A week after the party, Mary, who was earning a nursing degree, attended a fraternity-sponsored dance. And there was Chris. "I made a beeline for him," Mary said. "And my life, as I knew it, was over."
Chris and Mary sat at a table to talk. The talking was interrupted by a kiss - they are still arguing over who kissed whom.
The two dove right into a relationship. The first "I love you" came quickly. And not long after, so did talk of marriage right after graduation.
"It was way too much too fast, and I don't think either one of us could handle it," Mary said. She was always trying to push Chris back a bit, she admits. Eight months in, they broke up.
While Mary wasn't comfortable with the pace of the relationship, she also did not want to be with anyone else. She and Chris continued to e-mail and talk during their two-year breakup.
Mary's friends and family were worried. They told her she needed to let go and move on. Mary told them she was still in love, and she believed Chris was in love with her, too.
By the end of 2006, when Mary was a nurse at Crozer-Chester Medical Center and Chris a software engineer at FMC Technology, Mary decided things needed to change, one way or the other. She told Chris that she couldn't just be friends with him, and that they either needed to get back together or get on with their lives apart.
Chris called - this time to ask if she would have dinner with him New Year's Day, 2007.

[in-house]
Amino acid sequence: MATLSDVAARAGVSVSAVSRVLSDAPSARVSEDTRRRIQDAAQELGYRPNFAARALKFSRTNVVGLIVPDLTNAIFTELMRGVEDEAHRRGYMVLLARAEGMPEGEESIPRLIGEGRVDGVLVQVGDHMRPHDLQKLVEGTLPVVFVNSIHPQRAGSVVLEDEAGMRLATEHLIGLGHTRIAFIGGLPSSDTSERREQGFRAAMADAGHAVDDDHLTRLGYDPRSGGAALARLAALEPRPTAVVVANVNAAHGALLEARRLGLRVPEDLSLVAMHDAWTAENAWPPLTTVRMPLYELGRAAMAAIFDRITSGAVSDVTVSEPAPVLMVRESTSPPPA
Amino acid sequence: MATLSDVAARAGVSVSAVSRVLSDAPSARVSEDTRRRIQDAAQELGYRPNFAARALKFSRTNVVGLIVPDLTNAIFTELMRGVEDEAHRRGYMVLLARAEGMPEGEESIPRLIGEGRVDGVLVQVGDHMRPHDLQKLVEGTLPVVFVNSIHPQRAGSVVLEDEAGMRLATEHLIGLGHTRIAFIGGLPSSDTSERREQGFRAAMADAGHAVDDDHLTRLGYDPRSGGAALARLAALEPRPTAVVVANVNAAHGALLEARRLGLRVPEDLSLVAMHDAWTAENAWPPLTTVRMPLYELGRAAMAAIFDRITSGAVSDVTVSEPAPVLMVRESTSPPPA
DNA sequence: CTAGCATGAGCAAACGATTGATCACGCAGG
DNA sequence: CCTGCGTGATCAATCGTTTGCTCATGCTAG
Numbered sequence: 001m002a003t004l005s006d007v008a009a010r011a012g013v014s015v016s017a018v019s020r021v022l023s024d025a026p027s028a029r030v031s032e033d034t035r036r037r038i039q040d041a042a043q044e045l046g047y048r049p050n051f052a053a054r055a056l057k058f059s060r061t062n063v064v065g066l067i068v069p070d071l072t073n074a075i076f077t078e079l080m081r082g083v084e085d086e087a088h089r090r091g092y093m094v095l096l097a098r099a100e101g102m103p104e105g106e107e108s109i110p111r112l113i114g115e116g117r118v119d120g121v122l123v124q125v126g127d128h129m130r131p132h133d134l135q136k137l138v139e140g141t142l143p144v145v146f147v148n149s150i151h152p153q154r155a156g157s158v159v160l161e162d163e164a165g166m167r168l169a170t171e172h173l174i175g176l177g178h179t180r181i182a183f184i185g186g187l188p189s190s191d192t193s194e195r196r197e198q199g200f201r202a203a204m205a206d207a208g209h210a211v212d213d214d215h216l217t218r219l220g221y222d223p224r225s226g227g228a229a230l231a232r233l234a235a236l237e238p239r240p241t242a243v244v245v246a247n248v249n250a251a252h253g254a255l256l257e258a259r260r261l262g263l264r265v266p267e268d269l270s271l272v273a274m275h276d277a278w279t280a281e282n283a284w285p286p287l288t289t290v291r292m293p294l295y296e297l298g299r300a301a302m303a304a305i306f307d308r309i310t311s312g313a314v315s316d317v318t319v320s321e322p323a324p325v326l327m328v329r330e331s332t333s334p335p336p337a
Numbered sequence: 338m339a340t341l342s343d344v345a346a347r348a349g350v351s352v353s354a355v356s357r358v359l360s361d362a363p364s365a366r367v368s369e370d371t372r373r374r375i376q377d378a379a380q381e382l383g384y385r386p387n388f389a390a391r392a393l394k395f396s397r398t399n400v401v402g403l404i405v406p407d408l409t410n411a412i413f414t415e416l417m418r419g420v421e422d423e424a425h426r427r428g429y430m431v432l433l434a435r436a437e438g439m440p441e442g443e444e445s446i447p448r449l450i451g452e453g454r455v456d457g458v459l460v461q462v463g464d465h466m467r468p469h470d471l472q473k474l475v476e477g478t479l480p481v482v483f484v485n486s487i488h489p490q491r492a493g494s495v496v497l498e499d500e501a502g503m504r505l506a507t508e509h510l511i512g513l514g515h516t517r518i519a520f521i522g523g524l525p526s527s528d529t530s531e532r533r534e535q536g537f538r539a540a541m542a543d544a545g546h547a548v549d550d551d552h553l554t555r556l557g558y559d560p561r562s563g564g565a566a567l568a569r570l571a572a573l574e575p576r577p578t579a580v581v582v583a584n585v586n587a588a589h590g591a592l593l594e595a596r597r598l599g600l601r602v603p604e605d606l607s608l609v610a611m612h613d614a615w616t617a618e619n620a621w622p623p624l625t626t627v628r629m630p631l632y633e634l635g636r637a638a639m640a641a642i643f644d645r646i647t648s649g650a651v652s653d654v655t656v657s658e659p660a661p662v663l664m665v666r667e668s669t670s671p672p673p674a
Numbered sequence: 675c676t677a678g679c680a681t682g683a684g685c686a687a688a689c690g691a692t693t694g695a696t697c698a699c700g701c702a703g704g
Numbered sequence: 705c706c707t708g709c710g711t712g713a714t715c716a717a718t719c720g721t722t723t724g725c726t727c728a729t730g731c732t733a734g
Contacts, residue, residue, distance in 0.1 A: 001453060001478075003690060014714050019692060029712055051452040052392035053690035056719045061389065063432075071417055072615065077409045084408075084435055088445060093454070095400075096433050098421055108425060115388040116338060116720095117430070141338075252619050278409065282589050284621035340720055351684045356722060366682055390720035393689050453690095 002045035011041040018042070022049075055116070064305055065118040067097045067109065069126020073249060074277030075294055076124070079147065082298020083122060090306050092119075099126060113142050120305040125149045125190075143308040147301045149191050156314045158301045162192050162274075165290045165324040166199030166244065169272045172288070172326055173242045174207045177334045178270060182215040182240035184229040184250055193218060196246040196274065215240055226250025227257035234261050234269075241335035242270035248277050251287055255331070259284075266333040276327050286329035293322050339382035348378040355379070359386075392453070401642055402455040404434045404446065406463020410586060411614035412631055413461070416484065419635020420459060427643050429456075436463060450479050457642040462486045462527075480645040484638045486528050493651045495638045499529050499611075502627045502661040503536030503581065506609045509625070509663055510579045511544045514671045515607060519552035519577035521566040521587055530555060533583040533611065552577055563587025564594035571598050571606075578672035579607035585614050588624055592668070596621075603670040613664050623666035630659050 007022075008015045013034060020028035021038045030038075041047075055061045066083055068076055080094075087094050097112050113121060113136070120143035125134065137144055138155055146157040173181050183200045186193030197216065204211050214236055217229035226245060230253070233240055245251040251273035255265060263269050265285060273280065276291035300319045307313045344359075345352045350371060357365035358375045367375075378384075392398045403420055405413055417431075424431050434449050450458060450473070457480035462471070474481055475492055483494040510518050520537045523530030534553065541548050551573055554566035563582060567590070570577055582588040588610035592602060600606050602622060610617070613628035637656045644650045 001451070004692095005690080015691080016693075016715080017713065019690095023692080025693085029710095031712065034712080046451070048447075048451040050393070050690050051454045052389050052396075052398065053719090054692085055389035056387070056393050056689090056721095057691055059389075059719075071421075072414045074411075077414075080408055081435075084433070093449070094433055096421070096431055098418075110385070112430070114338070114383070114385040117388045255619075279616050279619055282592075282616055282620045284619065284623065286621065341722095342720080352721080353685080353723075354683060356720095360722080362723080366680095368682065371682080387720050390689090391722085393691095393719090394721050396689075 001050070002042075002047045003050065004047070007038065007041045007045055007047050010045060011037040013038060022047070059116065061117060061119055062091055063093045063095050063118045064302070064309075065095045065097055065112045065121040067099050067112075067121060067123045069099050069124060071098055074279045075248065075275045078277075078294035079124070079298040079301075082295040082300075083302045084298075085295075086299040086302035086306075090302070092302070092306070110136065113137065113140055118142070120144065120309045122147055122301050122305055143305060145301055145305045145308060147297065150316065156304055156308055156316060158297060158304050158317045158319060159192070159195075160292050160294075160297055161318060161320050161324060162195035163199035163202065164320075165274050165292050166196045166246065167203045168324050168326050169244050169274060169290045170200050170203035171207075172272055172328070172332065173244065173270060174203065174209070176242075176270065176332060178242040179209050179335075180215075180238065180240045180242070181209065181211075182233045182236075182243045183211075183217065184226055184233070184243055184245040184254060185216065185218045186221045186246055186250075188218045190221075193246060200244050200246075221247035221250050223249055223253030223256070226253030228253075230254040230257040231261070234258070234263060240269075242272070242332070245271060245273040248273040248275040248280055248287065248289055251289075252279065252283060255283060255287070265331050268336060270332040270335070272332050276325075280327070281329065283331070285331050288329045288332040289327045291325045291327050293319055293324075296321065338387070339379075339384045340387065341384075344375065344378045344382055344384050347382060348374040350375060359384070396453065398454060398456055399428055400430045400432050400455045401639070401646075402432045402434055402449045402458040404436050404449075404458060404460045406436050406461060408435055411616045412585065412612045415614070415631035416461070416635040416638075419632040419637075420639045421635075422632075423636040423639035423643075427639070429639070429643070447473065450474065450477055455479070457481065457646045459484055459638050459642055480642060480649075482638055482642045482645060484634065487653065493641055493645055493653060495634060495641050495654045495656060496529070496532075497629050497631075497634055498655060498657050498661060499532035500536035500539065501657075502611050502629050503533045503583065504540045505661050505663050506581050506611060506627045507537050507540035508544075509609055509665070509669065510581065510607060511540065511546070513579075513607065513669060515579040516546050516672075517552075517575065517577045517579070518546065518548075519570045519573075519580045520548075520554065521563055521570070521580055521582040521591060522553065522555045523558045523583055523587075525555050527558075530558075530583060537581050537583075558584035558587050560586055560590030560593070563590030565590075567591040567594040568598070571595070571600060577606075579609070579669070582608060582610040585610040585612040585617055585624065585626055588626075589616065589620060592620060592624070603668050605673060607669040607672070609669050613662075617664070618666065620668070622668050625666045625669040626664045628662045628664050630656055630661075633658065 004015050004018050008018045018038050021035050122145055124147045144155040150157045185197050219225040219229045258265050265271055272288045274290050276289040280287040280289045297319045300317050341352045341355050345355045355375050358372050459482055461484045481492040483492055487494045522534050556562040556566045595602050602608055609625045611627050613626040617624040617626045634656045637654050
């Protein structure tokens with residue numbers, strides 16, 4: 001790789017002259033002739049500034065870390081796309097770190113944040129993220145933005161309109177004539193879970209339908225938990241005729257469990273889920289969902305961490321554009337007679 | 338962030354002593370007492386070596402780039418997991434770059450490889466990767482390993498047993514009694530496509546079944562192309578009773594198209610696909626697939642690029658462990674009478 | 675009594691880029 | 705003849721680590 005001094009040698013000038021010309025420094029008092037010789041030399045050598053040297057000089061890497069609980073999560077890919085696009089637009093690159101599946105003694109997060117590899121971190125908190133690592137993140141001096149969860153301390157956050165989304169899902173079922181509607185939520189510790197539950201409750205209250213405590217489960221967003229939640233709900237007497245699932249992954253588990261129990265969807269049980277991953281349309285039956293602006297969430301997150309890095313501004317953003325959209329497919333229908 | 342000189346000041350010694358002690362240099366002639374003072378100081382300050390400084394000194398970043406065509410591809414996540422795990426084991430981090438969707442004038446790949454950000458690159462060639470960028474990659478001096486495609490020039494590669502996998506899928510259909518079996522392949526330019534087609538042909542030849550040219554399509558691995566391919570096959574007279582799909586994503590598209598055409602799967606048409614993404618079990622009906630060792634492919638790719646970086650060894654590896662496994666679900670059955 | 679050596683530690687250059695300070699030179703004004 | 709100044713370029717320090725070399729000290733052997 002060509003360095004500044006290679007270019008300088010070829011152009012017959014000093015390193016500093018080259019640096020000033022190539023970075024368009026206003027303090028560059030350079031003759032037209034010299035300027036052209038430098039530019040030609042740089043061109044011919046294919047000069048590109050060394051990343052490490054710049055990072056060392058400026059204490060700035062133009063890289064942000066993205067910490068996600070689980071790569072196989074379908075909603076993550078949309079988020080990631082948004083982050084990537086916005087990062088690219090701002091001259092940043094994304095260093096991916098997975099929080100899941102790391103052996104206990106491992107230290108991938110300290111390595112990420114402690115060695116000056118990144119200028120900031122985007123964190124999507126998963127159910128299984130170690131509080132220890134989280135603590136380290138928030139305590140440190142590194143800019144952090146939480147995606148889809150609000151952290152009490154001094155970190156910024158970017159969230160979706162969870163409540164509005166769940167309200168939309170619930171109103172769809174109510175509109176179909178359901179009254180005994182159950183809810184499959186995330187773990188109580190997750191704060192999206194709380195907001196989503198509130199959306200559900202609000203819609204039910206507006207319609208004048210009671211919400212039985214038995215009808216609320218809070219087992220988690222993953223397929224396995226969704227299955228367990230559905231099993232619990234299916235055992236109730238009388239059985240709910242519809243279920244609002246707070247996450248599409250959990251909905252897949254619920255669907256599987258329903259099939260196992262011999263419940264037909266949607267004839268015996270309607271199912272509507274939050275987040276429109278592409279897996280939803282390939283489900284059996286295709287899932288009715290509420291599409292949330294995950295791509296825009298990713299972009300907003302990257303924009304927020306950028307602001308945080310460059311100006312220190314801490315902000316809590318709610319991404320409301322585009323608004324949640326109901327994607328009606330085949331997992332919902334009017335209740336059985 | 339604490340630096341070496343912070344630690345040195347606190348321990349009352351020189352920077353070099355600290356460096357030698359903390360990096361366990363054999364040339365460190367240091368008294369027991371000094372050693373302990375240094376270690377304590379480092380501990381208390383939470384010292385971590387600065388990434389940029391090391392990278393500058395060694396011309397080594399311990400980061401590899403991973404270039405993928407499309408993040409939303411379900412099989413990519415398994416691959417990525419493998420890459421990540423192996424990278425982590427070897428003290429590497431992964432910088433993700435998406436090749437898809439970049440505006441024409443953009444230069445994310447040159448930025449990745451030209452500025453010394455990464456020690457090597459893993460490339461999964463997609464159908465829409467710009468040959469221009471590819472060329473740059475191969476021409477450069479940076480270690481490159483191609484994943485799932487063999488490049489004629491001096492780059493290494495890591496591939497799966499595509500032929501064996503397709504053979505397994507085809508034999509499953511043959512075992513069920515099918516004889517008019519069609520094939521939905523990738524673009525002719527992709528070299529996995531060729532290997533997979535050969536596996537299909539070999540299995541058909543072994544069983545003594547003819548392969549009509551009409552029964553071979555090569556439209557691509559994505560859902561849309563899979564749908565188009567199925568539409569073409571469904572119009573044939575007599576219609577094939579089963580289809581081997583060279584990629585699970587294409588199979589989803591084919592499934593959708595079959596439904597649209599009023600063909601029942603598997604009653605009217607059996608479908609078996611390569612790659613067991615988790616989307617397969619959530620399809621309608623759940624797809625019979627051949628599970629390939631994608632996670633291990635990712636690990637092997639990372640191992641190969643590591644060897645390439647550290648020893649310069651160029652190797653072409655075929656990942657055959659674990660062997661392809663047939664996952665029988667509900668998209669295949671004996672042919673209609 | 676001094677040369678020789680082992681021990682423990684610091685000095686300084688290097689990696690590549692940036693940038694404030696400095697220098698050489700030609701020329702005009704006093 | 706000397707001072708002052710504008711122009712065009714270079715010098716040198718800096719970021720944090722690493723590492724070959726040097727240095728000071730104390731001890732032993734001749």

The second time around, both were ready.
How does forever sound?
In fall 2009, as Mary was preparing to start her studies as a certified registered nurse anesthetist at Villanova University, her grandmother Skip died. They had always been close, and as the holiday season rolled around, Mary was missing the family matriarch terribly.
She wanted to keep their tradition of taking the train to see the lights at Macy's, and she asked Chris if he would go with her. Mary was surprised at the enthusiasm of his response.
They saw the light show, and then got lost on the way to a restaurant. The night was bitterly cold, and Chris held Mary's hand in his jacket pocket to warm her. Mary also noticed he took pains to always walk on her right, closer to the street. "I thought he was being such a gentleman," she said. He was being a careful gentleman, who didn't want his girlfriend to feel the little box in his coat pocket.
Once they found the restaurant and were seated, Chris said, "I have an early Christmas present for you." Then his face turned a little green.
"What's wrong?" Mary asked.
"I just wanted to know if you'll marry me," he asked, pulling the ring from his pocket.
"Yes!" Mary said. Then she giggled - "if you don't throw up!"
Her answer calmed his nerves, and Chris returned to his normal color.
It was so them
In September 2010, Chris, now 29 and working for Yellowbook.com, and Mary, now 28, were heavy into wedding planning. Mary was taking a break at a friend's bachelorette party in Atlantic City when she got a terrible phone call: Chris' brother, Michael, had injured himself diving into a swimming pool. Mary sped toward Thomas Jefferson University Hospital. Michael had been paralyzed. Chris was at the hospital with his brother every day for more than a month. "The loyalty I saw was amazing," Mary said.